Unit 21 Reading Activity

Listen to the recording as you read the text. Then complete the activities.

Basic electronic components

Nowadays most of us cannot imagine life without the electronic devices which surround us. They are everywhere, and often we even forget about their existence: mobile phones, TV sets, mp3 players, electronic watches or even alarm clocks. Most people do not reflect on how and why these everyday appliances work. But being a geek requires at least some basic technical knowledge about the surrounding world.

As you probably remember from early science lessons, the electric current is an organized flow of electrons and ions in a conductor. But to make those tiny particles move, there must be some kind of force.

In electronics, this force is called an electromotive force or EMF, which may be also described as voltage. For some, the definition of voltage as the difference of potential in the conductor may be a bit hard to imagine.

So to visualize this process, you may think of the difference in the number of electrons in the conductor. If there are fewer electrons in one part of a wire than another part, then there is a difference of electrons between points A and B of the [electrical circuit].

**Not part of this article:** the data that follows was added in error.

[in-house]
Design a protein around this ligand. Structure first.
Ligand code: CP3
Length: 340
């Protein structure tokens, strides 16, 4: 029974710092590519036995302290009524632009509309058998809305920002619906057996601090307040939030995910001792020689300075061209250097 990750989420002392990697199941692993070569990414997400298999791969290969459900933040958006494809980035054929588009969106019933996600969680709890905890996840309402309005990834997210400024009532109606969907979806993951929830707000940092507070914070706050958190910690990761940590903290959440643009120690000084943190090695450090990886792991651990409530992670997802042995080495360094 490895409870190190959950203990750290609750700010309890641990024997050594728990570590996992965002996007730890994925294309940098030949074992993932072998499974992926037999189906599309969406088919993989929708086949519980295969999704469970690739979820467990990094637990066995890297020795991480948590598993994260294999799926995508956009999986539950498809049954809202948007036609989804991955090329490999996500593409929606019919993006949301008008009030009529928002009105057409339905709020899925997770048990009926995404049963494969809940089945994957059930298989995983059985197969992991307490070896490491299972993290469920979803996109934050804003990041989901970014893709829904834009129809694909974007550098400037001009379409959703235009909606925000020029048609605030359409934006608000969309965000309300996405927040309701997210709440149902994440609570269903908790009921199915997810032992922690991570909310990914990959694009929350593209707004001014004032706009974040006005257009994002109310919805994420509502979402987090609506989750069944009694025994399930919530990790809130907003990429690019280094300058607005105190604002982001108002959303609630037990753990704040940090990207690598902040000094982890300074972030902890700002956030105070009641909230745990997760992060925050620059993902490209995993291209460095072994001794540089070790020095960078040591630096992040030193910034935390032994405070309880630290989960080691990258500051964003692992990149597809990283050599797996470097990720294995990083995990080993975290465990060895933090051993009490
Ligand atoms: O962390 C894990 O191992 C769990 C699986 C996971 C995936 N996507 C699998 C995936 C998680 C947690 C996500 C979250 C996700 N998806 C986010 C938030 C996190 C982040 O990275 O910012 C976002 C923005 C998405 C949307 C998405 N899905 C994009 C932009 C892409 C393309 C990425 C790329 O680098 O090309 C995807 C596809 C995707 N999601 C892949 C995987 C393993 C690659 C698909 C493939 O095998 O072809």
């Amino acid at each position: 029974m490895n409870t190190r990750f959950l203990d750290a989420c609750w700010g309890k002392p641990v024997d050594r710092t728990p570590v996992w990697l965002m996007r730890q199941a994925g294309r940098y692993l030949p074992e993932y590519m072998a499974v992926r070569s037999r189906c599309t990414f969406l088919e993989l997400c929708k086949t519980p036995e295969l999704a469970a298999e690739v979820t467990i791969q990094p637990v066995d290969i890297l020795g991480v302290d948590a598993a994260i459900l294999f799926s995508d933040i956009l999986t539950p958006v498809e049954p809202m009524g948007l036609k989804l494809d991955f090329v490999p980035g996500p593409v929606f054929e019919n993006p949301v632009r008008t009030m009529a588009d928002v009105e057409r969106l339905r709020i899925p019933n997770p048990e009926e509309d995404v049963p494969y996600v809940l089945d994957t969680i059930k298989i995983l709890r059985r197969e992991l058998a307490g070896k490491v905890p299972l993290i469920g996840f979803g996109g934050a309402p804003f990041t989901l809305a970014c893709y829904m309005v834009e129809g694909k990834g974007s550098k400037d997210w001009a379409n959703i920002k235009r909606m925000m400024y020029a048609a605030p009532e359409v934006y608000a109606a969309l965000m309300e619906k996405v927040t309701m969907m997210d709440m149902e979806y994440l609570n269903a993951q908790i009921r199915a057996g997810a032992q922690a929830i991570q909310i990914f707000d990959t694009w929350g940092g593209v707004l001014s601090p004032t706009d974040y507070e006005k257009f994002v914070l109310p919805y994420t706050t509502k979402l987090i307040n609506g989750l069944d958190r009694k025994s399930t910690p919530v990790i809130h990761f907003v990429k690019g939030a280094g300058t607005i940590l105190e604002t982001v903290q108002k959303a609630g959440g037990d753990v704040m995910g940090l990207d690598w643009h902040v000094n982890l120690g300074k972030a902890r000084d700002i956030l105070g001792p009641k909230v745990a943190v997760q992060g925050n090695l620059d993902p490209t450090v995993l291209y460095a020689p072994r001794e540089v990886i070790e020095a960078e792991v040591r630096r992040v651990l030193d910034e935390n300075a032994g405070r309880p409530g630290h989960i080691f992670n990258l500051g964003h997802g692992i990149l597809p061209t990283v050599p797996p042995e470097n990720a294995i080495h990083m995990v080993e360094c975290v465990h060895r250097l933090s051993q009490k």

Nature is organized in such a way that it aims at making this potential equal in both points of the circuit. So to make it equal, there is a need to move some of the electrons from one place to another. Current is exactly what we call this movement.

Of course we need to take our voltage from some electric source. One common source of power in smaller home appliances is batteries, or voltaic cells. The energy stored in batteries comes from chemical reactions that take place inside. But quite often we may replace the batteries with another source of energy, such as a solar cell, which may be found in simple calculators or electronic watches.

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